Tucked inside the $1.4 trillion bipartisan spending deal hammered out in Congress last month is $25 million for the studying the effects of gun violence in the U.S. While it may sound like common sense given America's gun-violence crisis, it's actually a breakthrough: the first time in more than 20 years that Congress has appropriated any spending at all for this crucial issue.
Ending that outrageous ban on important knowledge about this deadly epidemic is something to celebrate. As Mark Rosenberg, formerly head of the Centers for Disease Control's National Center for Injury Prevention and Control, said recently: "It signals an end to the drought of knowledge about preventing this significant problem."
In 1996, Congress, then in the grip of Republican majorities in both chambers, instituted a blanket ban on what it alleged was advocacy for gun control by federal gun-safety researchers. While the so-called Dickey Amendment didn't technically prevent federal agencies from any study of gun violence, that became the practical effect of the funding ban.
That's because the ban put the Centers for Disease Control and other federal agencies in an impossible position: Congress had effectively decreed that whatever researchers found when studying gun violence, that research couldn't bolster the case for gun control. It was a classic instance of putting politics before science, with a preemptive decree that the research must not lead to solutions that many would consider common sense.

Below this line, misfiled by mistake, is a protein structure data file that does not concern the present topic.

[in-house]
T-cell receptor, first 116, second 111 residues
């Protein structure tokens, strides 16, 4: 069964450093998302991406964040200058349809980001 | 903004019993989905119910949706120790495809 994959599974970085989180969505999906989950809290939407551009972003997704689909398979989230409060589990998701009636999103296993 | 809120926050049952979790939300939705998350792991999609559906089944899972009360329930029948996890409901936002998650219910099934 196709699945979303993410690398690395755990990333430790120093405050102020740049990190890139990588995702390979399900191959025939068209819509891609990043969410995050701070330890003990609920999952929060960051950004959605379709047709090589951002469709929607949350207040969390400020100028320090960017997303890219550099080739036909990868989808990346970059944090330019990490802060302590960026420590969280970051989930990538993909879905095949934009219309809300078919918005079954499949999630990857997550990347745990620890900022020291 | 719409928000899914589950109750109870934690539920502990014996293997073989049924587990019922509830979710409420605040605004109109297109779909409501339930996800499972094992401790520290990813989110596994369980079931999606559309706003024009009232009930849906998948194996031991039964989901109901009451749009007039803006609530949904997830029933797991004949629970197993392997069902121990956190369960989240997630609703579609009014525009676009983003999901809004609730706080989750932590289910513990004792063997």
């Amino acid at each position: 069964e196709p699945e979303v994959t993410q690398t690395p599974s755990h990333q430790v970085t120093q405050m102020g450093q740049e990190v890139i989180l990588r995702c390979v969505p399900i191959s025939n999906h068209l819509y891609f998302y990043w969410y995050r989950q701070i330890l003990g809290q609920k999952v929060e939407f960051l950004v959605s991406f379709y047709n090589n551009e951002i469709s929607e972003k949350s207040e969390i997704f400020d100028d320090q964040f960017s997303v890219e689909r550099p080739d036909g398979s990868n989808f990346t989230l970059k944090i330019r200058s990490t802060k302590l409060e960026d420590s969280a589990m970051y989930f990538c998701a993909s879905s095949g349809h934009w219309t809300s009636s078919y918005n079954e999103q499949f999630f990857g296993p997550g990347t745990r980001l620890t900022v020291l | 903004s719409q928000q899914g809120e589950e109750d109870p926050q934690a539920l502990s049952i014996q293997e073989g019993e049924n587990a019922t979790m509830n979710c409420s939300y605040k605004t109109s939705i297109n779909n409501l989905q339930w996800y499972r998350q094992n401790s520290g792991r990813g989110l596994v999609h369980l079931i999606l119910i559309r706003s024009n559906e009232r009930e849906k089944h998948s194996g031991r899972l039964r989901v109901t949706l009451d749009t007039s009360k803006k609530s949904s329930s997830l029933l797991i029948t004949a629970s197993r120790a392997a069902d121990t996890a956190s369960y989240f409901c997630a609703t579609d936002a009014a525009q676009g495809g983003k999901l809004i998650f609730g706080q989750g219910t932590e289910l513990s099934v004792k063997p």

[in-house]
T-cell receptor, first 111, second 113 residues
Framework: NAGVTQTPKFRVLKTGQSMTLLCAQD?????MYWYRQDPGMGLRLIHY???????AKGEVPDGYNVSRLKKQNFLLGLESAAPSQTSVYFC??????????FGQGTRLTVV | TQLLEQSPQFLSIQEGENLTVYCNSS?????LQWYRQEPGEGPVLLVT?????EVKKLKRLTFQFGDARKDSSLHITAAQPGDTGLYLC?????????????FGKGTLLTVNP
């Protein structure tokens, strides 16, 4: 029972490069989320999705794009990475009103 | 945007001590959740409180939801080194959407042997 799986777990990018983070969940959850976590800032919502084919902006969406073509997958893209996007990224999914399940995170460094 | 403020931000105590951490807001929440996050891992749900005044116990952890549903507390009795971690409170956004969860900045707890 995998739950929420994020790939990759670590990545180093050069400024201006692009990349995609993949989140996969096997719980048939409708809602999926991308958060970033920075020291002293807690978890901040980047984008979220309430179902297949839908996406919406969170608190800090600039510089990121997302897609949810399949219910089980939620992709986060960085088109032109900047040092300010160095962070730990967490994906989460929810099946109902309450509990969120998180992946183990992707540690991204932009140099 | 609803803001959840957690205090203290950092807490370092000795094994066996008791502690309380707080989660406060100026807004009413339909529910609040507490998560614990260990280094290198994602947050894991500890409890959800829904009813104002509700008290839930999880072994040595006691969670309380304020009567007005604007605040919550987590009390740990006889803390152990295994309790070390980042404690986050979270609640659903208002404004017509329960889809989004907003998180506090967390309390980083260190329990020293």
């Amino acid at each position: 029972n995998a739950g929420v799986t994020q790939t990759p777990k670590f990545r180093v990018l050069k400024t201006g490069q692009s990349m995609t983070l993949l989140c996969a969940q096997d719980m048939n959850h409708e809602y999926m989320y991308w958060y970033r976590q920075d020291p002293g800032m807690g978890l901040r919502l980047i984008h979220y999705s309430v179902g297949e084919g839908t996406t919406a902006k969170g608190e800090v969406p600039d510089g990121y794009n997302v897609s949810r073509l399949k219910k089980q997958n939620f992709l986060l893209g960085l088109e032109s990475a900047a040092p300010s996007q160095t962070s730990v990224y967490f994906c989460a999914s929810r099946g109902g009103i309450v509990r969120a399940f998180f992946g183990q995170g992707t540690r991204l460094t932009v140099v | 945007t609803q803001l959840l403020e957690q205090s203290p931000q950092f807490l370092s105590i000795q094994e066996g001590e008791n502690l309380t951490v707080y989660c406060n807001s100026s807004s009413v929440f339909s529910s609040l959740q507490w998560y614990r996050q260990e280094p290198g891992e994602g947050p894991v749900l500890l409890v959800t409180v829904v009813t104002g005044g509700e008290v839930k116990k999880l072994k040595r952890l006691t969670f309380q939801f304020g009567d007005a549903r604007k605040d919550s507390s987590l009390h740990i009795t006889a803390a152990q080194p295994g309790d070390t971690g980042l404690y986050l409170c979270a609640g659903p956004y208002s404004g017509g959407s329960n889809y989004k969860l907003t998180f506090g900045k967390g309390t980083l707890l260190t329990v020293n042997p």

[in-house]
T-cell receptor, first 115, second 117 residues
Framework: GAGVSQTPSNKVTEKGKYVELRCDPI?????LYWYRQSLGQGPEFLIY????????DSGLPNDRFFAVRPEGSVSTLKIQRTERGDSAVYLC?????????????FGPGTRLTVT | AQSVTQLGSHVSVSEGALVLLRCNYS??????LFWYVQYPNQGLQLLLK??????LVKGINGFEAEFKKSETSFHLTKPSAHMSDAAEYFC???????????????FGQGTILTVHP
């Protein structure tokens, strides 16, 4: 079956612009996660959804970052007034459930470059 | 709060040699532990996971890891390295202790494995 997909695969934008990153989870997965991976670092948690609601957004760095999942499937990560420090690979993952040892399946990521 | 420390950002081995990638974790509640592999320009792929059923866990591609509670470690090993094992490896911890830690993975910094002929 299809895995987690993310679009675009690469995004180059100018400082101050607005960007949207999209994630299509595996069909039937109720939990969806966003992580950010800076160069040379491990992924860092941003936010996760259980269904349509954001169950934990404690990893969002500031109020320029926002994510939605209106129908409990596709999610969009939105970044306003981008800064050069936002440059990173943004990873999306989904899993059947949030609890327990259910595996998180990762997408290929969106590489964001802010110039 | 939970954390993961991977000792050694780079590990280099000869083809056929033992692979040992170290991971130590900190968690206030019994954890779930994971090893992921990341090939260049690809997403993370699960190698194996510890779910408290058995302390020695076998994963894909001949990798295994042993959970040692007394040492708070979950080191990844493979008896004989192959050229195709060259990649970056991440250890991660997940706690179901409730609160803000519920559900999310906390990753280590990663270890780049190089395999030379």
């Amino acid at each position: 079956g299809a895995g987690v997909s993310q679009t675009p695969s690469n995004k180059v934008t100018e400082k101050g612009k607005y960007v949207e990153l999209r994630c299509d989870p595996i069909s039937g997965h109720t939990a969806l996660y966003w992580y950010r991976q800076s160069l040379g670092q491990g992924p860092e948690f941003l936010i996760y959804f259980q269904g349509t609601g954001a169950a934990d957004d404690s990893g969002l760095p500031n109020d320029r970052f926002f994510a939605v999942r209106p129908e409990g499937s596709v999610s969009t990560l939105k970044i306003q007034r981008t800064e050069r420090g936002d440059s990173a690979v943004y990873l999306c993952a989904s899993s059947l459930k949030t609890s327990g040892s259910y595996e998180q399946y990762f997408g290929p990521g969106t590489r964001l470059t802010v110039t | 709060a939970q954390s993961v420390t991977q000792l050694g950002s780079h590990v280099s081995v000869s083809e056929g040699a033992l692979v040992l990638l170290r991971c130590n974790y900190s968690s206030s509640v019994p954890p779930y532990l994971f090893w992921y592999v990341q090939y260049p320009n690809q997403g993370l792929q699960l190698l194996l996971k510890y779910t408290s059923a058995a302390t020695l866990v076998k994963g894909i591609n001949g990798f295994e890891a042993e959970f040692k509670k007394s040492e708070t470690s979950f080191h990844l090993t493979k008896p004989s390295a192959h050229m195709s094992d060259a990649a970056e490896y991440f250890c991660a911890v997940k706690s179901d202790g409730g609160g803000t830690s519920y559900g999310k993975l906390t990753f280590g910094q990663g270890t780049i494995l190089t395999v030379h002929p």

As a result, we know far less today than we should about gun violence — though, thankfully, research outside the federal government has continued to provide some crucial data.
We know, for example, that the U.S. has by far the highest rate of private gun ownership in the advanced world, and by far the highest rates of gun violence. Is that a cause and effect, or just a remarkable coincidence? That's the kind of question federal researchers have stopped asking, for fear of running afoul of the Dickey Amendment.
The insertion of the $25 million in the spending bill was a nod to political reality: With a Democrat-controlled House demanding progress on gun safety for the first time in decades, failure to include any research appropriation could have complicated passage of the spending bill. It's yet another reminder that elections matter.
The Dickey Amendment was named for Rep. Jay Dickey, R-Ark., who championed the funding ban in 1996 but came to regret the stifling effect it had on federal gun-safety research. With continued research, "we would've found a solution, in my opinion," Dickey told NPR in 2015, two years before he died. "And I think it's a shame that we haven't."
It is. But now that science — and sanity — have started making a comeback in Washington on this issue, solutions might again become possible.
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